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Old 11-15-2018, 09:45 PM   #6 (permalink)
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ThermionicScott's Avatar
Join Date: Dec 2016
Location: CID
Posts: 362

Winter Sacrifice - '96 Subaru Outback
90 day: 25.34 mpg (US)
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Originally Posted by bradlington View Post
All noted - I am very interested in the science behind the mechanics .

To ThermionicScott- can you share what you have done for fuel economy on your Subaru .
Hey Bradley.

Nearly all of my mods and techniques are straight out of the "65+ efficiency mods" and "100+ hypermiling tips" at the top of the site:

1) ScanGauge to give instantaneous feedback on MPG as well as coolant temp and trip MPG. Watching MPG plummet when idling or accelerating hard are powerful influences on driving technique.

2) Tires filled up to around max. This was pretty eye-opening when I first read it: Since Subarus need slightly more air in the front tires (placard is 29/28 for my car), I shoot for 45/43 or thereabouts in the summer, a few psi less in the winter snow and ice when you want tires to be a little more compliant. I can feel a difference in coasting distance if I let the tires get low.

3) Grilles blocked as much as I dare. Here again, the ScanGauge dramatically shows how much better my gas mileage is with a warm engine, so I try to hurry that up as much as possible.

4) Use of block heater in the winter. I didn't even know my Subaru had one when I bought it, but it gets the coolant about 50-60 degrees warmer than ambient when I remember to use it. That helps.

5) Lightening. I had no motivation to keep my car clean before, but now there is no clutter inside and I removed the layer of carpet and foam from my trunk. (Unlike some, I'm going to keep the spare tire and jack, though!) I haven't been able to quantify the improvement from this, but I figure it's good practice if nothing else.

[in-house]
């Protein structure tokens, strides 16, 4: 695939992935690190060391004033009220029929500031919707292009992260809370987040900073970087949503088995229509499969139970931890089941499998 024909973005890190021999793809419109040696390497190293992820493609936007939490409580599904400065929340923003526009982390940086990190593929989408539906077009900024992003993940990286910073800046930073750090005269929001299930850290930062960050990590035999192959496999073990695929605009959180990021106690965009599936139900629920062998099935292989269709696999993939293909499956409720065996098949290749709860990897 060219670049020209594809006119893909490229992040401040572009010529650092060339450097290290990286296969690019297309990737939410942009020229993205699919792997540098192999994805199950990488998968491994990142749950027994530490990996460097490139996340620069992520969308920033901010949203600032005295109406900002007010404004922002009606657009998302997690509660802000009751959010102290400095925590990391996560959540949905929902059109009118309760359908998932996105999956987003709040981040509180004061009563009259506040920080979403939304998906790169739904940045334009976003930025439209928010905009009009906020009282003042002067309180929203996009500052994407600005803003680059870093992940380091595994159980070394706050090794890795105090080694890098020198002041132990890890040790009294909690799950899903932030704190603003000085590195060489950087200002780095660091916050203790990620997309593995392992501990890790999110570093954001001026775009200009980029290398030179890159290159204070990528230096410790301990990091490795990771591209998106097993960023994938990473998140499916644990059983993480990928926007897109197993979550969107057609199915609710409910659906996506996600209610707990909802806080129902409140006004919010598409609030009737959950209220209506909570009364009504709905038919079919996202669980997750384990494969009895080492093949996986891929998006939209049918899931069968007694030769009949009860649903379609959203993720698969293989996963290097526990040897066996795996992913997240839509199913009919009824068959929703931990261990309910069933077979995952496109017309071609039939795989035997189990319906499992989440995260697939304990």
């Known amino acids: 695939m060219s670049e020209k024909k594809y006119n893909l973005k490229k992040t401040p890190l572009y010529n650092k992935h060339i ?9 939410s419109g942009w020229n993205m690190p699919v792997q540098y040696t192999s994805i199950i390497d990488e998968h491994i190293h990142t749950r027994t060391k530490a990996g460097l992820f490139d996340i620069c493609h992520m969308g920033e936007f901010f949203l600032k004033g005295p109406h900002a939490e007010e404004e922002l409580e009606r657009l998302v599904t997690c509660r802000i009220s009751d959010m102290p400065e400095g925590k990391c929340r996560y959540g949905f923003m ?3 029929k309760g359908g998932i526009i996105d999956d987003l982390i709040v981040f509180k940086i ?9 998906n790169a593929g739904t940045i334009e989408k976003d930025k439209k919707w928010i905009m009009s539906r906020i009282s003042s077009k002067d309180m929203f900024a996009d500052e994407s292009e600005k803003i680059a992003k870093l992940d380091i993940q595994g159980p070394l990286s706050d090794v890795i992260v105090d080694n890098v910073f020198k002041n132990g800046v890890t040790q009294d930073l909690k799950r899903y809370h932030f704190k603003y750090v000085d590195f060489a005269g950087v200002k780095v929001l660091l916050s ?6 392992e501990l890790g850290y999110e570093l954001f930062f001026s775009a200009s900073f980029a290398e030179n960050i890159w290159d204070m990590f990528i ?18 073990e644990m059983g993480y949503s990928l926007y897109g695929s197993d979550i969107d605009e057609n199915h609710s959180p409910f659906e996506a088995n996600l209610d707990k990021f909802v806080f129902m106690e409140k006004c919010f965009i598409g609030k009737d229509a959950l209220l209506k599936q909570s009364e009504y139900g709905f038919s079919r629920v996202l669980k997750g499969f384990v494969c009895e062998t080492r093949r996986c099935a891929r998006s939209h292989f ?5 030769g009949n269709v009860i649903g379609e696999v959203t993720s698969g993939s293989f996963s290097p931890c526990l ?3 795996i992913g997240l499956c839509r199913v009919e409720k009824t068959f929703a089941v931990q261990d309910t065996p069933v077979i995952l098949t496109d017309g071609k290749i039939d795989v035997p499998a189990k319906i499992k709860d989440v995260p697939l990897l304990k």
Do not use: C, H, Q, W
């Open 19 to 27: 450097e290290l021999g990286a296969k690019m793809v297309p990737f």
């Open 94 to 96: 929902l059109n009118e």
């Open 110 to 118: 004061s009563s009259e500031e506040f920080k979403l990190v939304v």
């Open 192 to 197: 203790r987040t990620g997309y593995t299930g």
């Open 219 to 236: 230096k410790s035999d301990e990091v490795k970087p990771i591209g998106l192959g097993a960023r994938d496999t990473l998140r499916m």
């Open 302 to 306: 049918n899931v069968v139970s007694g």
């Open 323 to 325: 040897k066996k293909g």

6) Thin oil, filled below "Full" line. My car's manual specifies 5W30 or 10W30, but I use 0W30. My initial reason for this was to make sure it would start on the coldest Iowa days, but anytime the oil flows more easily, less energy is wasted to pump it. There is a thought that oil will come up to operating temperature a little faster if there is less of it in the system, but you wouldn't want to run below the "Low" line on the dipstick, and it's not a good idea if your car leaks or burns oil.

Beyond that, it's all technique. I shut down the engine whenever I won't be driving the car within a couple seconds, I coast in neutral a lot, I try to time traffic lights to avoid stopping, etc. My car is old and wearing out, so just meeting the EPA rating would probably be good, to say nothing of beating it by a little.

Best tank (so far): 32 MPG
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